Know your stuff: Developing expertise in your coverage
In this five-part series, we’ll look at some of the challenges that young business journalists face in today’s media landscape. A common theme running through all five installments is the recognition that avoiding errors is a journalist’s first responsibility. News moves faster, farther and wider than ever before, and given the ever-increasing volatility of markets, the effect of incorrect news reporting can have shattering consequences: not just on the share price or business prospects of the company being written about, but on the media organization that faces legal liability and the exorbitant cost of legal defense.
The first installment is “Know Your Stuff,” where we’ll look at the need for business journalists to examine the nuts-and-bolts of the specific industry or subject they are writing about.
There is an old truism in journalism that any good business reporter could cover a house fire, but not all general assignment reporters can cover a tax investigation or a Food and Drug Administration recall.
Why is that? The simplest answer is that a shooting, a house fire, or a bus crash are events of easily understood cause and effect, and the impact of that kind of reporting is universal. By contrast, the events that transpire in the business world are not often understood by reporters and if mistaken, may create legal liability.
Defamatory meaning vs. bad news
Libel cases arise when a person makes a statement that (generally defined) impugns the reputation of the person or company written about, accuses them of wrongdoing, shameful or unethical conduct, or in some cases professional incompetence.
Although that sounds wide-ranging, this should not dissuade reporters from chasing such stories, but it does place the responsibility on them and their editors to recognize when they are indeed making such an accusation and once recognized, be able to prove the truth of the statement through facts disclosed in the story itself.
Similarly, the law recognizes that reporters and editors need the flexibility to determine what is simply run-of-the-mill “bad news” for the company and acknowledges the press’ need for freedom to meet a deadline. See, Curtis Publishing Co. v. Butts, 388 U.S. 130 (1967) (Supreme Court discussing the necessity for rapid dissemination in weighing whether editors departed from applicable standard of culpability).
As usual, the extremes are easy to define. While an allegation that a company is under investigation for tax fraud is surely capable of defamatory meaning, a statement that a company lost 3 percent of its market cap is simply reporting the usual ups and downs of business. In the former example, one is worthy of scorn or opprobrium; in the latter, this is just what businesses go through every day.
The tricky part, of course, is being able to navigate through that great middle of the bell curve. For example, a reporter learns that a pharmaceutical company’s product is being recalled. That sounds bad and will surely have an effect on the share price. But is it defamatory? That depends on the context of the statement. Could it be reasonable to understand that saying that XYZ medication may not be safe and effective accuses the company of selling a bogus or even dangerous product? Absent more facts and reporting, many courts would not dismiss a libel case and would allow that question to be put before a jury.
Therein lies the challenge: serving the public interest of providing important (and possibly time-sensitive) news while still meeting the applicable legal requirements should the story be either incorrect, or carry an incorrect implication. That challenge is meet by developing the skill sets of specialized reporting.
Precision makes the difference
The skill that thoughtful reporters and careful editors employ in these situations is precision and a full understanding of the process and industry being reported upon. In this example, a reporter would be best advised to dig into what the recall really means. Here the law reminds us that what we leave out of an otherwise accurate story can create a defamatory implication.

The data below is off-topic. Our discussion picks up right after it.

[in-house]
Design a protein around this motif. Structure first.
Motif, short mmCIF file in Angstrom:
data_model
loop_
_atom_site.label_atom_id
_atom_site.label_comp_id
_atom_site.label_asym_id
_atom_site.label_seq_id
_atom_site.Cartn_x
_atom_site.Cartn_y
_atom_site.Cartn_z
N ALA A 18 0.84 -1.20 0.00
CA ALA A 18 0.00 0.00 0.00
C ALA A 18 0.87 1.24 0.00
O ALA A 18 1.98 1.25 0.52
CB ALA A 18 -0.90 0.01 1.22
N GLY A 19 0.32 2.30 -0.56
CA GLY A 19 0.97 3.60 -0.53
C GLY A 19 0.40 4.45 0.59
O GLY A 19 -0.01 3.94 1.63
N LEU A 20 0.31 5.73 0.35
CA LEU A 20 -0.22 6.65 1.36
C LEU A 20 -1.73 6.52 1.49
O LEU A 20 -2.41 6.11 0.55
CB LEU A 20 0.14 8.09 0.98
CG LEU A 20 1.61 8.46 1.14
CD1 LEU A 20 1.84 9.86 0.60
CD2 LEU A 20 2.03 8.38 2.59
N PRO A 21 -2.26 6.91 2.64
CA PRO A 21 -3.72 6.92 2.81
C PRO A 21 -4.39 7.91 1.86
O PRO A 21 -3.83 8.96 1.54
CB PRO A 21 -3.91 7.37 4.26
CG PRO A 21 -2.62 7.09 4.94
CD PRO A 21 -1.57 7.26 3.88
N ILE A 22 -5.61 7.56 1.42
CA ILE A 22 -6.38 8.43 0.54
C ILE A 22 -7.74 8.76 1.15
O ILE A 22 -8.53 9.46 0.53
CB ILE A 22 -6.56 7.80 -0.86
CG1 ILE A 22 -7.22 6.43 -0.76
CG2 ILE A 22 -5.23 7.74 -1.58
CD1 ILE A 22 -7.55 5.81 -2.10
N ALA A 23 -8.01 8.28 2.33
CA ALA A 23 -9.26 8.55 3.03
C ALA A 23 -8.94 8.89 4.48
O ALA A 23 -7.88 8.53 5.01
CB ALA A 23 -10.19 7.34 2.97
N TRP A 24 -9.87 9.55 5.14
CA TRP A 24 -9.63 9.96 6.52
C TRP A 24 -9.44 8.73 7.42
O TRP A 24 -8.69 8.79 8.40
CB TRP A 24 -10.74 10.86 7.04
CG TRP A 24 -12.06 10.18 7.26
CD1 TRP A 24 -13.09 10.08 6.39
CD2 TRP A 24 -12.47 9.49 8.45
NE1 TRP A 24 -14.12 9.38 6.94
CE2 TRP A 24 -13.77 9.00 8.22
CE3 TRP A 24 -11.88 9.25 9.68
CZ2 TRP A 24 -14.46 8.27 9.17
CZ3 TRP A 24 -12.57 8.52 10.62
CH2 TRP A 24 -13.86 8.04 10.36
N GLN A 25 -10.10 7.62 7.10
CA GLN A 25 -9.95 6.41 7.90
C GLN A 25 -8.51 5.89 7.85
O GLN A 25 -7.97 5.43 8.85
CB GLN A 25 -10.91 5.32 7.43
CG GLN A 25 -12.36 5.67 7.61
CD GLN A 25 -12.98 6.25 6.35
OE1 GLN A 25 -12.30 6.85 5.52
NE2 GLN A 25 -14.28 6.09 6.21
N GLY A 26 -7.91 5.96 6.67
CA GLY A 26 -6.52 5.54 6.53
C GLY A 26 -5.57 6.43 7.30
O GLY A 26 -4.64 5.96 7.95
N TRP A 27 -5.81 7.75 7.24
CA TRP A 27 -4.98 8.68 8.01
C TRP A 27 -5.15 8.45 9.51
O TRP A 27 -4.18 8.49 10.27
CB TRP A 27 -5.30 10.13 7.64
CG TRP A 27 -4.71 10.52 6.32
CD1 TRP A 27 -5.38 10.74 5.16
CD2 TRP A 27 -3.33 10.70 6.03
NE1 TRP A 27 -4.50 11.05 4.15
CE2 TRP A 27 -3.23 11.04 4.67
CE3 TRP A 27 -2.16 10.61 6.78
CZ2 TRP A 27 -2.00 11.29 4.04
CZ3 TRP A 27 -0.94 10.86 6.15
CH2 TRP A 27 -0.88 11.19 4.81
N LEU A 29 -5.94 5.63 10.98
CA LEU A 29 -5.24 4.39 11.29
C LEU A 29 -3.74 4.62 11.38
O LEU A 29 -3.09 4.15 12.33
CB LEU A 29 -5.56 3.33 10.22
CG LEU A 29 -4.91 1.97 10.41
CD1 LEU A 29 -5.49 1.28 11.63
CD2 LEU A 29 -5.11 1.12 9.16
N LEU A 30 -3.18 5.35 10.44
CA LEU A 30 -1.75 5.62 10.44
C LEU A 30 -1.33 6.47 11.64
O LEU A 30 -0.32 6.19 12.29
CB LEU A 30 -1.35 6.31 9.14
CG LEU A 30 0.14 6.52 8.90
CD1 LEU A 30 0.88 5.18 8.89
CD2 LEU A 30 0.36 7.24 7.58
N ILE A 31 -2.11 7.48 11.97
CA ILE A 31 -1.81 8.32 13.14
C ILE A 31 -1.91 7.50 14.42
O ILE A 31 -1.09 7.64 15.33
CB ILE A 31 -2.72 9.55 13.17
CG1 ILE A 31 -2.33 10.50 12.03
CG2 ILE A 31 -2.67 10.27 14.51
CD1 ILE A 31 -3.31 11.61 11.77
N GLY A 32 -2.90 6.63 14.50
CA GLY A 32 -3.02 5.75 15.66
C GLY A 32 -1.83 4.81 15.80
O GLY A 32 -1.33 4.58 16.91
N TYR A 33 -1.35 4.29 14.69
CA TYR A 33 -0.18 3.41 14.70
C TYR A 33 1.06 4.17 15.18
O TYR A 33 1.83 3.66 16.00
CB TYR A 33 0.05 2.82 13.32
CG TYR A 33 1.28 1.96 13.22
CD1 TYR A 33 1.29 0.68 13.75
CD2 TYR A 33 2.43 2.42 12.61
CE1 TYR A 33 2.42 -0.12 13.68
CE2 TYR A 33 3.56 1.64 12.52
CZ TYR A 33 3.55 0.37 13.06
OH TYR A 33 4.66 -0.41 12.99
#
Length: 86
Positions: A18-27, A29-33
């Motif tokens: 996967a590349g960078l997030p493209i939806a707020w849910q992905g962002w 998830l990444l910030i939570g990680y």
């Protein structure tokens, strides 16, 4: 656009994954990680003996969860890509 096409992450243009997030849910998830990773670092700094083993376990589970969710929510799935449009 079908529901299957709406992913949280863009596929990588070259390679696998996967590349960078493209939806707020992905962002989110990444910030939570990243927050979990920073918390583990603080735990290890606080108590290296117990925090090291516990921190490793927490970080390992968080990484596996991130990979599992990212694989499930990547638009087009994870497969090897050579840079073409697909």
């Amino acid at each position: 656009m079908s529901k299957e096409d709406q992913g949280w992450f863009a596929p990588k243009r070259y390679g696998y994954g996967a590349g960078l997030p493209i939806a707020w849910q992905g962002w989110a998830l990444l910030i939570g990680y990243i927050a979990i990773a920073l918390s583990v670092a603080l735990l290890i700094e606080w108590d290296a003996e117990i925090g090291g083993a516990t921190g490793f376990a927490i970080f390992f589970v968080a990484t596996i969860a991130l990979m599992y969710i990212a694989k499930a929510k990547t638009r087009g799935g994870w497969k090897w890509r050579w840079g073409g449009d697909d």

In Tomblin v. WCHS-TV, unpublished, 4th Cir. 2001, available here, a television station accurately reported that a state agency was investigating allegations of sexual molestation at a local day care center. Unfortunately, the report failed to mention that the investigation was actually about what one child had done to another: nowhere was the day care center or its employees accused of molestation.
The plaintiff argued that this missing fact changed the meaning of the story, or in the alternative, carried a defamatory implication. The Court of Appeals agreed, saying that “a reasonable viewer could believe, falsely, that an adult at the daycare sexually abused a child, and thus the daycare center’s libel claim could proceed.” Id. The takeaway? What you leave out of a story can change its entire meaning, intentional or otherwise.
Let’s revisit the hypothetical about the drug recall. Like tax reporting, complex finance, accounting and aviation, the pharma beat is built on specialized knowledge and regulations. Reg Gale, deputy managing editor for U.S. health and science for Bloomberg News, is responsible for covering the pharmaceutical industry.
Gale often reminds reporters that words like “recall” have different meanings to industry specialists (and investors) than they might to ordinary readers. Ordinary readers would perceive a “recall” as a statement that the drug in question is dangerous, or may have caused dangerous side effects or harm, Gale says. In fact, “recalls are a regulatory process often loaded with language that is negotiated by the manufacturer and the FDA, and a ‘recall’ may be far less serious than one might think.”
For example, Gale explains, recalls can mean that the manufacturer has simply stopped making new shipments, has agreed to send warning advisories to physicians, or has restricted the recall to specific lot numbers or dates of origin. That’s a considerable difference than being “pulled off the shelves,” Gale says. Recalls do not necessarily mean that a product has been withdrawn from the market, and if misreported, the damage to a firm’s reputation (and sales) could bring serious legal liability.
According to Gale, in his experience less than 5 percent of recalls are unilaterally imposed by the FDA, and most recalls should – after fact-checking — be described as voluntary, or at the least, done in conjunction with the company and the FDA.
“It’s critical that reporters understand the technical language that the industry uses. The biggest mistake young reporters make is assuming they understand that language,” Gale says. “If you are not sure what something means, ask someone who does know.”
Don’t forget fundamentals
To be sure, while business reporters need to develop specialized knowledge to cover their beat well, Paul E. Steiger, former Wall Street Journal managing editor and current executive chairman of ProPublica, stresses the need for fundamental reporting skills. Newsrooms under Steiger’s leadership have garnered 18 Pulitzer Prizes, including two awarded to ProPublica in 2010 and 2011. “Data and documents are terrific, but they do not stand alone,” Steiger says. “Reporters need to get out there and talk to people about what those numbers mean. We should have reverence for outside voices explaining the facts that reporters gather.”